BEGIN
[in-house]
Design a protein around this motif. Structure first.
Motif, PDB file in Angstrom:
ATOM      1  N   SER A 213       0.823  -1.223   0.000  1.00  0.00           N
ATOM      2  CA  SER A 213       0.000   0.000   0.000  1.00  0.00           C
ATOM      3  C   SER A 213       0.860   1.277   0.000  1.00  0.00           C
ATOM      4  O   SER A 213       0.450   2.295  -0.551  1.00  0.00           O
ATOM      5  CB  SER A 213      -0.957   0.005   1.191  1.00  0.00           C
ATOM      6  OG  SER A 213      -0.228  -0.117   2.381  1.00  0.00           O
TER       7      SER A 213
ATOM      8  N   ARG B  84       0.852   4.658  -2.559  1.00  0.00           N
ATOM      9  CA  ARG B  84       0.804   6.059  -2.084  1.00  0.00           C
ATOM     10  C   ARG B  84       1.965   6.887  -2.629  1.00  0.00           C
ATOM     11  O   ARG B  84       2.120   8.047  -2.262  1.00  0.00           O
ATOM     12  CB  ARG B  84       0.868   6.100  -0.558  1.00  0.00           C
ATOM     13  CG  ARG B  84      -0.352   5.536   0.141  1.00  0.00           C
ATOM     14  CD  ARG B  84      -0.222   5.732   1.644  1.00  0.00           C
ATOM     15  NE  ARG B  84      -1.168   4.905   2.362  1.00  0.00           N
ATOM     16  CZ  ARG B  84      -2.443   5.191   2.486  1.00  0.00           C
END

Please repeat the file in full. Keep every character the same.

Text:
[in-house]
Design a protein around this motif. Structure first.
Motif, PDB file in Angstrom:
ATOM      1  N   SER A 213       0.823  -1.223   0.000  1.00  0.00           N
ATOM      2  CA  SER A 213       0.000   0.000   0.000  1.00  0.00           C
ATOM      3  C   SER A 213       0.860   1.277   0.000  1.00  0.00           C
ATOM      4  O   SER A 213       0.450   2.295  -0.551  1.00  0.00           O
ATOM      5  CB  SER A 213      -0.957   0.005   1.191  1.00  0.00           C
ATOM      6  OG  SER A 213      -0.228  -0.117   2.381  1.00  0.00           O
TER       7      SER A 213
ATOM      8  N   ARG B  84       0.852   4.658  -2.559  1.00  0.00           N
ATOM      9  CA  ARG B  84       0.804   6.059  -2.084  1.00  0.00           C
ATOM     10  C   ARG B  84       1.965   6.887  -2.629  1.00  0.00           C
ATOM     11  O   ARG B  84       2.120   8.047  -2.262  1.00  0.00           O
ATOM     12  CB  ARG B  84       0.868   6.100  -0.558  1.00  0.00           C
ATOM     13  CG  ARG B  84      -0.352   5.536   0.141  1.00  0.00           C
ATOM     14  CD  ARG B  84      -0.222   5.732   1.644  1.00  0.00           C
ATOM     15  NE  ARG B  84      -1.168   4.905   2.362  1.00  0.00           N
ATOM     16  CZ  ARG B  84      -2.443   5.191   2.486  1.00  0.00           C